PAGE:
the line to take a closer look at a potentially diseased or contaminated bird. The maximum rate allowed is ninety-one birds a minute, and now
many inspectors say that they can’t see much of anything. Even if an inspector is able to find a defect on a bird, the new
“streamlined inspection system” (SIS), implemented in 1986, may not allow him to do much about it. If the violation involves what
under SIS is considered an aesthetic rather than a public-health problem, the inspector must wait for plant employees to clean up the problem.
Some inspectors say that many of the violations said to be aesthetic – such as oil, rust, feathers, and lesions on skin – are in
fact dangerous (p. 42).
Back then, inspectors said that under the “streamlined inspection system (SIS) implemented in 1986, they easily passed birds through
inspection that were “full of feathers, fecal contamination, blood clots, skin blisters, and abscesses.” Air sacculitis, a
respiratory infection that produces pus around the lungs of virtually every bird people eat, was allowed to pass inspection, and blisters,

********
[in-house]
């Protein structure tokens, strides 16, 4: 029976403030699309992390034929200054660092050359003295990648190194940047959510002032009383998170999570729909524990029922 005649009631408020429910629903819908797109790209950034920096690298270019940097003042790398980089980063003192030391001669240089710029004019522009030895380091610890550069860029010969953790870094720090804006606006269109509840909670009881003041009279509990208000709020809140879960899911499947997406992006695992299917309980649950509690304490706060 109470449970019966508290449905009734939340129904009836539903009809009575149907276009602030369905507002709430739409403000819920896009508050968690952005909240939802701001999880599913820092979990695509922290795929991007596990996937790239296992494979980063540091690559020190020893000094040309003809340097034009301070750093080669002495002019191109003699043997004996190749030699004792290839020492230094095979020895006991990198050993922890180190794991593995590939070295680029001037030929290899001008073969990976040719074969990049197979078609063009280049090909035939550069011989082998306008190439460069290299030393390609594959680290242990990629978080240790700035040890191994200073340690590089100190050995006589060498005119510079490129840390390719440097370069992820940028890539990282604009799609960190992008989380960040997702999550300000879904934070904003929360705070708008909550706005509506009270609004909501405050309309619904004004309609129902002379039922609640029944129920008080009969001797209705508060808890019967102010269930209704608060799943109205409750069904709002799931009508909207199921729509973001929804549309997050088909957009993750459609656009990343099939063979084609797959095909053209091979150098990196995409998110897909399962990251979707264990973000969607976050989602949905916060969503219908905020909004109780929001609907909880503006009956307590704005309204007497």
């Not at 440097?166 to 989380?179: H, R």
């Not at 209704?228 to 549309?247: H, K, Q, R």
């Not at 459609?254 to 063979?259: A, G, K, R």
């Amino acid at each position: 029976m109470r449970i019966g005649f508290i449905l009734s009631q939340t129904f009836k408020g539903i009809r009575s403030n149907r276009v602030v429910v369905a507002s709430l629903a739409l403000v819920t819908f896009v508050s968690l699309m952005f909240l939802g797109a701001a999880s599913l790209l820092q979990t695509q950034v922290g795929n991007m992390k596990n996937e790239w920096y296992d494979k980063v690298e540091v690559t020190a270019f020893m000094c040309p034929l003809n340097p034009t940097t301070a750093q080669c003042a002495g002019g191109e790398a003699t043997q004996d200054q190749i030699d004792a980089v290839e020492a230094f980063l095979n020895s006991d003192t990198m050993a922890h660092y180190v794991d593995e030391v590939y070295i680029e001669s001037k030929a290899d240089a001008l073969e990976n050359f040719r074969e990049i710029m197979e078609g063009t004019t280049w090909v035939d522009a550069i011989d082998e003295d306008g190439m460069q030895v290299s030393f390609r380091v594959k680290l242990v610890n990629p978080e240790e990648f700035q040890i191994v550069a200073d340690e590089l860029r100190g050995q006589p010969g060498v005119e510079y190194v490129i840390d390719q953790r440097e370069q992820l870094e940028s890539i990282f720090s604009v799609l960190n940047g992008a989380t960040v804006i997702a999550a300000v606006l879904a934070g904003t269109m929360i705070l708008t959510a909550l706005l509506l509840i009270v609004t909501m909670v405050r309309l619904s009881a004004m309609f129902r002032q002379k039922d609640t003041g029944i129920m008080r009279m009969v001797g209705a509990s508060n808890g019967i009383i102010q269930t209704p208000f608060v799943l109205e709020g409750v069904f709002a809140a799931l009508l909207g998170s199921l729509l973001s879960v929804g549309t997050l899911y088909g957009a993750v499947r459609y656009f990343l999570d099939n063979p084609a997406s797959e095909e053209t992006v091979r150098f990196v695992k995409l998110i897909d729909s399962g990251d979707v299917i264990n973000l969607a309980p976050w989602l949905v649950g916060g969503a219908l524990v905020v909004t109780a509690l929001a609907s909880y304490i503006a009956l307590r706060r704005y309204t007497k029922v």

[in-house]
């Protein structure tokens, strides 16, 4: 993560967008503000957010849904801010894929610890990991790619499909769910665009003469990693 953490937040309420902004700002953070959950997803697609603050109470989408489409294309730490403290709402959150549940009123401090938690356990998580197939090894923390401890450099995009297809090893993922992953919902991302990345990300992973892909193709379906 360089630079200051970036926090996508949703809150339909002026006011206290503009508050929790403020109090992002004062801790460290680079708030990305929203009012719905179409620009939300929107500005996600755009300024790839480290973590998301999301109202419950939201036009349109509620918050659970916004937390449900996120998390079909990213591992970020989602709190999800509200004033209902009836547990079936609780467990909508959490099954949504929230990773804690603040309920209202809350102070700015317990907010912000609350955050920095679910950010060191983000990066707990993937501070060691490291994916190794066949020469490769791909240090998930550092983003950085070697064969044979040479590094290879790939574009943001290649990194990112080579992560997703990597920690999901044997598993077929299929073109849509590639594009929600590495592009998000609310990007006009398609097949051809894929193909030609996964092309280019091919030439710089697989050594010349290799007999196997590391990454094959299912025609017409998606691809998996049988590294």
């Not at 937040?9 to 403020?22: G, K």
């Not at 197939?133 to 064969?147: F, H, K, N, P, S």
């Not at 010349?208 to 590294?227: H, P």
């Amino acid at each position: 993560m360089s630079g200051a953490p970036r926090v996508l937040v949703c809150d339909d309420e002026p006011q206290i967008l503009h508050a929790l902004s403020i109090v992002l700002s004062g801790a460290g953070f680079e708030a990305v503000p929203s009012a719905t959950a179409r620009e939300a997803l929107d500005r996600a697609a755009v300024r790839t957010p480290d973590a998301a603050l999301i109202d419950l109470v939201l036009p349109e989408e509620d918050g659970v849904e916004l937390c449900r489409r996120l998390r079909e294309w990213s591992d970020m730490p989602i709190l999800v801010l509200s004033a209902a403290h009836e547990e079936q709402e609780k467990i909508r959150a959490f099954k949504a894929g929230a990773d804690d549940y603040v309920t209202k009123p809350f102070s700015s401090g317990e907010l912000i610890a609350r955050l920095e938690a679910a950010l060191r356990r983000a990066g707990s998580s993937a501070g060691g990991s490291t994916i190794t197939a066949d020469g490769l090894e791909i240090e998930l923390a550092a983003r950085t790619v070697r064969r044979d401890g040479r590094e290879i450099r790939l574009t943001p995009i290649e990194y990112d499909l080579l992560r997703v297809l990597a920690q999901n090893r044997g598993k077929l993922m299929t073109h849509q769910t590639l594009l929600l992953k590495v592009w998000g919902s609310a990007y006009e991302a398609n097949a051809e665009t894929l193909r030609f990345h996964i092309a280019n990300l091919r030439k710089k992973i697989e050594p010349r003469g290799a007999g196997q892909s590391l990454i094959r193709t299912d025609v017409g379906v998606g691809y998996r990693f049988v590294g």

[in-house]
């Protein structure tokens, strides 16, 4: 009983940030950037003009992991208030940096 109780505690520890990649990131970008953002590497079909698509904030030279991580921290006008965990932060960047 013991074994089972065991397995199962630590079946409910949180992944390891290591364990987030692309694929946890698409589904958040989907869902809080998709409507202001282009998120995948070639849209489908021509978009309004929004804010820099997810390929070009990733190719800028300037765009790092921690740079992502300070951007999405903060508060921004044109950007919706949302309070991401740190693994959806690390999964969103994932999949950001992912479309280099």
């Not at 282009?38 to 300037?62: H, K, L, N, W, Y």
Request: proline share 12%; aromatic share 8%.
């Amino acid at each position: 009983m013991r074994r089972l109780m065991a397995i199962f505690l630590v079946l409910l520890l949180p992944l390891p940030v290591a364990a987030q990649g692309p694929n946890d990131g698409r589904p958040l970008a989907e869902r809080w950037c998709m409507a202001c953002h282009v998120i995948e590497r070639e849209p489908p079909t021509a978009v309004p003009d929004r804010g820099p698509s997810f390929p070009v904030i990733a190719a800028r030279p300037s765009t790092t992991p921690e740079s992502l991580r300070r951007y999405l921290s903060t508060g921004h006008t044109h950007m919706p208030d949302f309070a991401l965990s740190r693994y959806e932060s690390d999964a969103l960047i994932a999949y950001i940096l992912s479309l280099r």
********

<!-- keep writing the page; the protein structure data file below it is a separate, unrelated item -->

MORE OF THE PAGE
abscesses and cancerous tumors were simply trimmed off birds sold for human consumption – just as they are now, in 2012.
A 1992 article in the Journal of Applied Poultry Research discusses aspects of what was then called NELS, or New Efficient Line Speed,
which allowed poultry slaughter plants to speed up lines to 180-182 birds per minute in a “modified honor system for
self-inspection” under USDA’s Food Safety and Inspection Service, or FSIS.
In 1996, President Bill Clinton ordered what The Washington Post on July 7 that year called an Overhaul of Meat Safety Inspections. He
legalized the “FSIS Pathogen Reduction/HACCP Proposal.” Designed to promote strategies to “reduce foodborne pathogens on
fresh meat and poultry during slaughter,” according to Broiler Industry in February 1996, the new inspection system was prompted
by the E. coli outbreak which killed four people and sickened hundreds more as a result of eating contaminated ground beef at Jack in the Box
restaurants in Seattle, Washington in 1993. The HACCP Proposal sought to update the Meat Inspection Law of 1906, which focused on identifying